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Joe Satriani's unmatched guitar power is on full display on the adventurous new album Shapeshifting, his 18th studio release.
Co-produced by Jim Scott (Foo Fighters, Tom Petty and The Heartbreakers) and featuring the core band of drummer Kenny Aronoff (John Mellencamp), bassist Chris Chaney (Jane's Addiction) and keyboardist Eric Caudieux, Shapeshifting brings Satch's superior six-string skill to the fore on another exciting collection of original songs.
Lead single "Nineteen Eighty" harkens back to the spirit of Joe's first band The Squares, while highlights like "All My Friends Are Here" and "Big Distortion" prove his gift of devising lyrical guitar leads that resonate long after they’ve leapt from your speakers.
- Product Dimensions : 5.5 x 4.96 x 0.19 inches; 2.24 Ounces
- Manufacturer : Legacy Recordings
- Original Release Date : 2020
- Run time : 47 minutes
- Date First Available : February 6, 2020
- Label : Legacy Recordings
- ASIN : B084CRGYDD
- Country of Origin : USA
- Number of discs : 1
- Customer Reviews:
Reviewed in the United States on March 29, 2022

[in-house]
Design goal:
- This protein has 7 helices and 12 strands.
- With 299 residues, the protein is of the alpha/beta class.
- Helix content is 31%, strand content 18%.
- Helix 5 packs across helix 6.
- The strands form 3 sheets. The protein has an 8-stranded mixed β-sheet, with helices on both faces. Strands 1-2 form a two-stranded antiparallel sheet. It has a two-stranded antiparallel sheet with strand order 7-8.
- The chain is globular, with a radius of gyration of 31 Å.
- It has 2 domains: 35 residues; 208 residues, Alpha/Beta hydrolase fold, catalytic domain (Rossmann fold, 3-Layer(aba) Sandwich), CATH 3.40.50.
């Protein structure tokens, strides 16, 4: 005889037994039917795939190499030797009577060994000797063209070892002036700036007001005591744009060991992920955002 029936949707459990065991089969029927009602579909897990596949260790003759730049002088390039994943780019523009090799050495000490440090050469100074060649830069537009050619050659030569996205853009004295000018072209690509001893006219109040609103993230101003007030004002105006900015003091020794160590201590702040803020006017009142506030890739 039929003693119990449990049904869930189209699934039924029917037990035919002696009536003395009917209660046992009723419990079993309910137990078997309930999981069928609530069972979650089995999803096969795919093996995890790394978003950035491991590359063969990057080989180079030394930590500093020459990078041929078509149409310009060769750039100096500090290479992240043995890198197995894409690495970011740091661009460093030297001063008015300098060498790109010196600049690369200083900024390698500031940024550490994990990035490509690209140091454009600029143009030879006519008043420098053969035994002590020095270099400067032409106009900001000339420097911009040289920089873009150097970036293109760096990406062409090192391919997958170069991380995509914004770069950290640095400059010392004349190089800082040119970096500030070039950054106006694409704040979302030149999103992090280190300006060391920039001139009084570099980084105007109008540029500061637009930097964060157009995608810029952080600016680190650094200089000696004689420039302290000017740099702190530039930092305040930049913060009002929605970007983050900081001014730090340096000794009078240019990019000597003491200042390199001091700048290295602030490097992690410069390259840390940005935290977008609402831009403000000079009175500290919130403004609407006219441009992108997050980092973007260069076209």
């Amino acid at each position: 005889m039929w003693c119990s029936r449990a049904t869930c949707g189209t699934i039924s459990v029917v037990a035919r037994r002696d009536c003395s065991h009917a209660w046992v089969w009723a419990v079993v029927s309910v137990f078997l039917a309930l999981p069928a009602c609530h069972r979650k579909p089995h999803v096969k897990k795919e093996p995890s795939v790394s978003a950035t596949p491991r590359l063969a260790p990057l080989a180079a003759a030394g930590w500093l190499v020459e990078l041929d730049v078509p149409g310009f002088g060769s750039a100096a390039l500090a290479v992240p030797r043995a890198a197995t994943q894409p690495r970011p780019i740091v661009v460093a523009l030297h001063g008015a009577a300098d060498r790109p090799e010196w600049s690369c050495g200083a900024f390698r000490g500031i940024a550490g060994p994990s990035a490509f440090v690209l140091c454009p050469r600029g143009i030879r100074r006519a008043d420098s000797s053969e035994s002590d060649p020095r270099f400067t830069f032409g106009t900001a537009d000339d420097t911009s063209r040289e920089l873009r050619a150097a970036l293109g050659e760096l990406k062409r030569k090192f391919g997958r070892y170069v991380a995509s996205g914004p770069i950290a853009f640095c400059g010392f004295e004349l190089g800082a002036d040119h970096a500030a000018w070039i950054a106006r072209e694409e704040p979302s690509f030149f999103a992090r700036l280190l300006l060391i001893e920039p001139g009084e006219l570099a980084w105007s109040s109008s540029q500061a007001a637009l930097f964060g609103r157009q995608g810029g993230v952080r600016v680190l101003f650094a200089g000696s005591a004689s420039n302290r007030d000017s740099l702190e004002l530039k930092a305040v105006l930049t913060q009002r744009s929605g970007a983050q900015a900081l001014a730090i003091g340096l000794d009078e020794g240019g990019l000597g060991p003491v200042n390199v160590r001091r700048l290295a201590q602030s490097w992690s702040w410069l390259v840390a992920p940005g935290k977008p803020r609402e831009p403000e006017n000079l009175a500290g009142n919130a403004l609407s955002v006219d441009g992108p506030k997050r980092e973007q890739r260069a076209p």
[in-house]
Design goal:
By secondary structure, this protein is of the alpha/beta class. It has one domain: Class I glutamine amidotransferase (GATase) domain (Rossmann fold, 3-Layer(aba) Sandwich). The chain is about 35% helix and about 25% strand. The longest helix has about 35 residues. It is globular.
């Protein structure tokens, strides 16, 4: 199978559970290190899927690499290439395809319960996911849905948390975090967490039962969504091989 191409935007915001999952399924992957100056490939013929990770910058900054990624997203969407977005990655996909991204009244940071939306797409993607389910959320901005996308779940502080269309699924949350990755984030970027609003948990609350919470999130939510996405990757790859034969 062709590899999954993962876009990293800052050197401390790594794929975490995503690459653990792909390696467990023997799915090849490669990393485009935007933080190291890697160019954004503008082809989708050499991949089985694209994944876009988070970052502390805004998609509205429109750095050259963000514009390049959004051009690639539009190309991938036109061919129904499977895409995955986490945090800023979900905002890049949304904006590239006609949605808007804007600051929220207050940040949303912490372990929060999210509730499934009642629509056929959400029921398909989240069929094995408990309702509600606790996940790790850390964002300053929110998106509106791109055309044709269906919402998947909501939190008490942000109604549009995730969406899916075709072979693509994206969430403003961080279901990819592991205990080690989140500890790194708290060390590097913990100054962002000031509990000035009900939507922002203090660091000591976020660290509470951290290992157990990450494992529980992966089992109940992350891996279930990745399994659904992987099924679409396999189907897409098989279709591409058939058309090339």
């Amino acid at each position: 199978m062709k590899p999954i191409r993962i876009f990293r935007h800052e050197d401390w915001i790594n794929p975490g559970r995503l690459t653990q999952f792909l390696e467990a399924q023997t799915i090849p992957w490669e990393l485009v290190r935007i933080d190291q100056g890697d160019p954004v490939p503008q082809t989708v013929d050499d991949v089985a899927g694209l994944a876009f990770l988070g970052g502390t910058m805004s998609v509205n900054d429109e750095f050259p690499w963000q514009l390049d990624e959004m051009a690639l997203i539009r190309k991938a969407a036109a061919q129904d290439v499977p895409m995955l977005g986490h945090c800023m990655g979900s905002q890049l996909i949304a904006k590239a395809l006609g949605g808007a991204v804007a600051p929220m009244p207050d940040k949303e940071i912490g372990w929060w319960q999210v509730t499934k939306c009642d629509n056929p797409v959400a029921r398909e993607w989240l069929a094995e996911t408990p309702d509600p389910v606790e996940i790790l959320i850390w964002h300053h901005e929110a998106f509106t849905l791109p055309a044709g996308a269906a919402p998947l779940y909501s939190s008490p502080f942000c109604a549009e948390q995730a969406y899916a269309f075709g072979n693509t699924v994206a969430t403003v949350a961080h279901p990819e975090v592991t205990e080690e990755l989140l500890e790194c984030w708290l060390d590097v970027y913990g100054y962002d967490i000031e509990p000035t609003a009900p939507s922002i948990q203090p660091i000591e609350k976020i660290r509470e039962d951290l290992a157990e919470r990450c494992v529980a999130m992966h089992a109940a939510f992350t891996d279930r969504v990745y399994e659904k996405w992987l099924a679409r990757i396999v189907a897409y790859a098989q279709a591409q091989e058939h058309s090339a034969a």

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At first I was not tuned into the mood of the CD and that has been the case with many new albums and is often the case with new Joe Satriani CD too. It takes time to become familiar with the songs and listen to a song for the songs sake and not for the musicianship ( which is a given when its Satriani and company) As a fan one might say, " he's back to playing a Marshalls again", or "so and so is on bass or drums...." Its easy to get lost in looking for technical flash bang and think, "wow did you hear that sweeping arpeggio played over 4 octaves?" Remember Joe Satriani IS one of those guys BUT he writes and serves the songs on this CD as with all his music. It's his music over his playing and that is what makes the songs get stuck in your head. Melody is king and Joe's special guitar tone sings those melodies right into your spirit. Kenny Aronoff's heavy hitting rock drumming style propels each song with authority and again, being the musician he is along with Satch, serves the song with no bloated showmanship. There are also stylistically different pieces on this CD; they range from driving rhythm and Satriani-esque guitar gymnastics to an acoustic offering , a reggae song and a country flavored outing as well. This CD is not a one trick pony listening experience.